The last two days, I’ve taken our students to the River Arts District here in Asheville to visit with local artists in their studios and even do some painting on canvases and walls alike.
It’s rare that I get to go out with the students, as I usually aid them with math or writing in the classroom throughout the school week. To become “Weekend Tom” every now and then is good for my soul. I think it’s good for the kids’, too.
Art is made for those broken by life.
Our first artist, Stephen, quoted Vincent Van Gogh in his introduction for the students. Stephen is the world’s most preeminent duct tape and sticker artist, painting vibrant patterns on sticky paper that absorb and reflect and reveal secrets when you shine some light that direction.
“Who here is OCD?” Stephen asked the students, and he raised his hand. A couple hands went up.
“Who here has ADHD?” He asked, keeping his hand up, watching another couple hands extend.
“Who here was abused?” He asked. “It’s all right, my hand is still way up.”
Stephen kept his hand raised throughout, and he told the students to find your talent and dive all-in. “Try a thousand different things and find what you like to do and treat it like your job. That’s what I did, and now I get to make stickers for a living. I show up 9-5 every day, and I sell two paintings a week. Talent is a muscle; you have to stretch it.”
By the end of Stephen’s talk with the students, I was ready to quit my job and open my own art studio next door. To paint rocks or used tissues or something and become the world’s most preeminent artist in some yet formed field.
Stephen had found his passion and now works hard every day, getting better and better at what he does. I wonder if I care as much about blogging and book-writing and photography as much as he cares about stickers and duct tape.
Actually, I do know the answer:
And that’s a problem.
Jonas Gerard is a 75-year-old artist born in Morocco, world-renowned for his vibrant splashes of color on white canvas. I’ve entered his studios multiple times with visiting friends and guests, and I’ve always wondered: what’s the point of this guy’s art? Couldn’t a 7-year-old splash some colors on a 4×4 canvas and call it art and yet not pocket $4700 for it?
We met Jonas at his studio, and he staggered out with his sagely gray beard and a black sweatshirt rimmed with paint streaks along the bottom.
“Hello there,” he called to us, his voice shallow and hoarse from throat cancer, I believe. The students and staff gathered around him in his studio, and he pointed at two of our students with their arms crossed.
“Put your arms down,” Jonas said. They did. “Crossed arms are for listening; open arms are for feeling.”
Jonas told us about his upbringing with an alcoholic father and a crazy mother. “I could’ve gone crazy,” he told us. “Instead, I painted.”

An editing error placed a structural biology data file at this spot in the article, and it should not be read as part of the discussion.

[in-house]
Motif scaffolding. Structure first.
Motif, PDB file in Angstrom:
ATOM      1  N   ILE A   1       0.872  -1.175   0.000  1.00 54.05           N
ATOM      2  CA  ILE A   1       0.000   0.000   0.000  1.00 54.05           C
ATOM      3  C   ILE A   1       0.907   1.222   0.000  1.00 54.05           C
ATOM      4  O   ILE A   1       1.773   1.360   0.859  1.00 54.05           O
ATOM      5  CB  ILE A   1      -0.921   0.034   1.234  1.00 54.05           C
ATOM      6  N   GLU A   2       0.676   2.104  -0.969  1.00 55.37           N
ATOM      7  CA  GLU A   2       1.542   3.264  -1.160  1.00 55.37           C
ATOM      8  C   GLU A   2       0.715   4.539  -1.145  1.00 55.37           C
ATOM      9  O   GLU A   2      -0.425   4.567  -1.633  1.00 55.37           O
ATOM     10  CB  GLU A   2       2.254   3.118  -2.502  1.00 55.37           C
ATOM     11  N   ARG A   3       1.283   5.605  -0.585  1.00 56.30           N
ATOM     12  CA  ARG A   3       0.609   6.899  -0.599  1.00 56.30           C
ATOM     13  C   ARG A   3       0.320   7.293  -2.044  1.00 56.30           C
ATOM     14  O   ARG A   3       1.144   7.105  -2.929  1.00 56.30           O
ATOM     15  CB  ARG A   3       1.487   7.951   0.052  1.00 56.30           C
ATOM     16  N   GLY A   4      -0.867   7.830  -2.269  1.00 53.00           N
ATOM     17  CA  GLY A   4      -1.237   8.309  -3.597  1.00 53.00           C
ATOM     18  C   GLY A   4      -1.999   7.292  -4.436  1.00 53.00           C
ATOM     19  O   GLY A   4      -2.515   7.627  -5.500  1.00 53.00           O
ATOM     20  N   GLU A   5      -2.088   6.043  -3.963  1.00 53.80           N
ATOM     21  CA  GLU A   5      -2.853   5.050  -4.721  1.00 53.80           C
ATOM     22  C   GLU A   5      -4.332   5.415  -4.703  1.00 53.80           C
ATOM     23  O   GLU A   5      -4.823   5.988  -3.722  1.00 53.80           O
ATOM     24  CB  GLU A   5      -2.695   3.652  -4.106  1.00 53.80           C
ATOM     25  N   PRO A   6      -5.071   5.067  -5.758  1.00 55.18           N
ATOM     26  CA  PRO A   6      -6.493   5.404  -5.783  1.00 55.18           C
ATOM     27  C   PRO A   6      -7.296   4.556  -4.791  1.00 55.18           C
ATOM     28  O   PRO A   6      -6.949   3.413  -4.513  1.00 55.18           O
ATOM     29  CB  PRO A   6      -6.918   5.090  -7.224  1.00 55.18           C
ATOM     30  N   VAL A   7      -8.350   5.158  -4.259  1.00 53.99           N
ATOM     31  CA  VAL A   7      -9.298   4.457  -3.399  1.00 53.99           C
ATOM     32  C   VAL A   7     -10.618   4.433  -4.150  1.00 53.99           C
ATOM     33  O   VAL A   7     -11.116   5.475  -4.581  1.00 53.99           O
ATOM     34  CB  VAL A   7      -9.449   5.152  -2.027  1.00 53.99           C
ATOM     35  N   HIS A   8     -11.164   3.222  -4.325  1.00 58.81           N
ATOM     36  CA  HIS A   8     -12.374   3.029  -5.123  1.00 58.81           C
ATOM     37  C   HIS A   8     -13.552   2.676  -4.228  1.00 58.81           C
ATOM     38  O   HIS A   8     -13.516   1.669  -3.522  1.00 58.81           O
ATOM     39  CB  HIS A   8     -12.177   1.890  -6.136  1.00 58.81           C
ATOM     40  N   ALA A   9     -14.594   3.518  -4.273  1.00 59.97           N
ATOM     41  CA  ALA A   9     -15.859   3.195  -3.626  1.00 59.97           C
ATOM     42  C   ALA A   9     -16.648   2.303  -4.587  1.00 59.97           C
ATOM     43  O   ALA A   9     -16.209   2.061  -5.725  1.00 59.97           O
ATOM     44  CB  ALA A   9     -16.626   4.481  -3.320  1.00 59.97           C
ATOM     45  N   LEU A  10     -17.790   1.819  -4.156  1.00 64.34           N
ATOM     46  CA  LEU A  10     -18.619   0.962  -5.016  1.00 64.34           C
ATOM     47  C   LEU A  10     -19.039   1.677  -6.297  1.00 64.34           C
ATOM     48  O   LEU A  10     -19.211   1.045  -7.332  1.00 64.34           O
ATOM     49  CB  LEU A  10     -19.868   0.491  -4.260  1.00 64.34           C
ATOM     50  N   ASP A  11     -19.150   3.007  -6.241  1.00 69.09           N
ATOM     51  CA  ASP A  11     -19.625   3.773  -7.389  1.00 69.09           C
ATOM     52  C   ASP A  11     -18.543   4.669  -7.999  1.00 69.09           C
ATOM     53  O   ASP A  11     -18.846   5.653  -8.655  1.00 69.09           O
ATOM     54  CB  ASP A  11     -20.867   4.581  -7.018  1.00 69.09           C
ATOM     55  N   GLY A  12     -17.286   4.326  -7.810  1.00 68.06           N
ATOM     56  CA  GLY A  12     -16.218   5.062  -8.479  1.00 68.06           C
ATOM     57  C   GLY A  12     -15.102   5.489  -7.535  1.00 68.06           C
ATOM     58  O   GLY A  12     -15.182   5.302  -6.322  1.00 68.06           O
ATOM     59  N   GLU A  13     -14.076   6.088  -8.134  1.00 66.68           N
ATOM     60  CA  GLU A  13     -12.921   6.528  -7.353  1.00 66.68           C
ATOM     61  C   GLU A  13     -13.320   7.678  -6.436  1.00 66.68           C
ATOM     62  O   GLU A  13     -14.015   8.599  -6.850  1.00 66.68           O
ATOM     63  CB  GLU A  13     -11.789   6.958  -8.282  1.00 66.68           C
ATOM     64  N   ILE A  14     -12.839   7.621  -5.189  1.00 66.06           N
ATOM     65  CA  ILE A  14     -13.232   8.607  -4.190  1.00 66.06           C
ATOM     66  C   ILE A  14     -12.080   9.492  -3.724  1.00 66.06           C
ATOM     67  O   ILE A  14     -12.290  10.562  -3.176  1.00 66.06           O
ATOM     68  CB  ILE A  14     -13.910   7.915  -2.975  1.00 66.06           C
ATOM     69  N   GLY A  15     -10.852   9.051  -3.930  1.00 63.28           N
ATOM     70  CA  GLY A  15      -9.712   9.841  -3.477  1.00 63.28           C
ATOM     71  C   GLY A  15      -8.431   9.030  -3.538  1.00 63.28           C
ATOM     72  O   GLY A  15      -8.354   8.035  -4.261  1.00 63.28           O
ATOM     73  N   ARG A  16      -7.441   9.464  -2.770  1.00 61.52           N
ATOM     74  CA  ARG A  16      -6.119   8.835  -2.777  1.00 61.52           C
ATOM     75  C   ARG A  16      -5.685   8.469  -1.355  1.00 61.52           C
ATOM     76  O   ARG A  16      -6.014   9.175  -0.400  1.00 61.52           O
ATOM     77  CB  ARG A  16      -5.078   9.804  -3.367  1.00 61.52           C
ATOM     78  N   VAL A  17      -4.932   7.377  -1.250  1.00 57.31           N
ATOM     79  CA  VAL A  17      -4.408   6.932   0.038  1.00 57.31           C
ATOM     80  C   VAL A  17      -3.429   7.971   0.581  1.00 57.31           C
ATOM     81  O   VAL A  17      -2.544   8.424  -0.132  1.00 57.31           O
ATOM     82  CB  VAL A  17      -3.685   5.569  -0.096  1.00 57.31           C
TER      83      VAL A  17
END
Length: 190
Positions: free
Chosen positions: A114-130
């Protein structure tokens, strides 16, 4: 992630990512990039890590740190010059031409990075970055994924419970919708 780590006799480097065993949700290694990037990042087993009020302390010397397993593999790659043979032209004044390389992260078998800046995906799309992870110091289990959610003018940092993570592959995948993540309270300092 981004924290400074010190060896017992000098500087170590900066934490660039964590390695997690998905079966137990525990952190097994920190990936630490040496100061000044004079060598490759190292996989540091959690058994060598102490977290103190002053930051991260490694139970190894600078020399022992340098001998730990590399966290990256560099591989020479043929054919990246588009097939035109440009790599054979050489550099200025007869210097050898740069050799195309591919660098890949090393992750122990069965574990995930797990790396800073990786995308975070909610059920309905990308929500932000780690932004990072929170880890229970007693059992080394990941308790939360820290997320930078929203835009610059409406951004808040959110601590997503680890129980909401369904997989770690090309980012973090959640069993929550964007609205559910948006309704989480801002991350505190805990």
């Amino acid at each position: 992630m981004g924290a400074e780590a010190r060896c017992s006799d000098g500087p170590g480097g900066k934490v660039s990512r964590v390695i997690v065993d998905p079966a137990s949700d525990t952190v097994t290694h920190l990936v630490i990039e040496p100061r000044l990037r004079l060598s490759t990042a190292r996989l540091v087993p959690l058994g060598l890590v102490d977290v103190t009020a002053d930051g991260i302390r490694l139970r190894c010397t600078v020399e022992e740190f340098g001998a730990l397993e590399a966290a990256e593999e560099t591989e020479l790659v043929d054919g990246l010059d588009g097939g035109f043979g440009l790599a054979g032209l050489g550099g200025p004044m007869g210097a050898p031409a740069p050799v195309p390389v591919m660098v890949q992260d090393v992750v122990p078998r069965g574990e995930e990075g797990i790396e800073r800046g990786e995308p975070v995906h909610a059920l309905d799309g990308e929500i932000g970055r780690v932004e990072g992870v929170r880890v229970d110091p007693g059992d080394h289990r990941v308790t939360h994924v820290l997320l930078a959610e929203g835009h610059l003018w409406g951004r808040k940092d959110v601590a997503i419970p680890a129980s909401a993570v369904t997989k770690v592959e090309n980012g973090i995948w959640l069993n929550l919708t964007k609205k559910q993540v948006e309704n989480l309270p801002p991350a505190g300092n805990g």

He walked us down the hall to show us a video of his art technique, splashing colors onto a canvas as he uses brushes and spatulas to spread and smear the colors in ways that both seem random and entirely purposed.
“Who gives a crap what it looks like in the end?” Jonas said to us. “As long as it feels good. If it’s not fun, it’s not art. Repeat after me!”
He shouted the phrase again, and everyone responded: “If it’s not fun, it’s not art!”
To our delight, Jonas walked us into his little workshop where four or five assistants had already prepared a table full of paints and jars and tubes and canvases. “We’re gonna paint something,” Jonas said, instructing an assistant to turn on some upbeat, folky tunes, wiggling his arms back and forth and doing a little jig for the group.
He squirted some browns and oranges and whites onto a small canvas and started smearing and spreading like the video, and he had a smile on his face the whole time he did it. Then grabbing a larger canvas, he handed a brush to a student and told him to have fun.
For the next twenty minutes, the students and even yours truly plopped pinks and purples and oranges and greens onto a canvas, and it made no sense and yet all the sense in the world as nobody in the room frowned or fretted or worried about tomorrow.
There was only today, only this moment. Only fun.
I never imagined I’d graffiti a wall. Or supervise a bunch of children graffitiing a wall. And yet for the last two days, I’ve done just that, connecting the students with a local muralist and his artist friends as we took over two walls in the River Arts District.
“INSPIRE!” the students painted on one wall.
“MH CREW,” they signified as their calling card on another. I got to be part of the crew and even planted my TMZ on that wall. It may very well reside there until the end of time.
Graffiti is another art form I don’t pretend to entirely understand. Asheville is helping me “get it,” though, the more I walk and drive around this town. Sure it can be sloppy and gross.
And it can also be beautiful. The intricate designs and the message indwelling.
The message is fun. The message is proud.
The message is ours and anyone’s who chooses to hear it.
For more artsy goodness, check out this incredible recap on Jonas’s blog, featuring pictures and even some video of the creative process.
This is Day 2 of #MakeNovemberTolerable. Keep checking back every day this month for new stories and discoveries of beauty where beauty may be hard to find.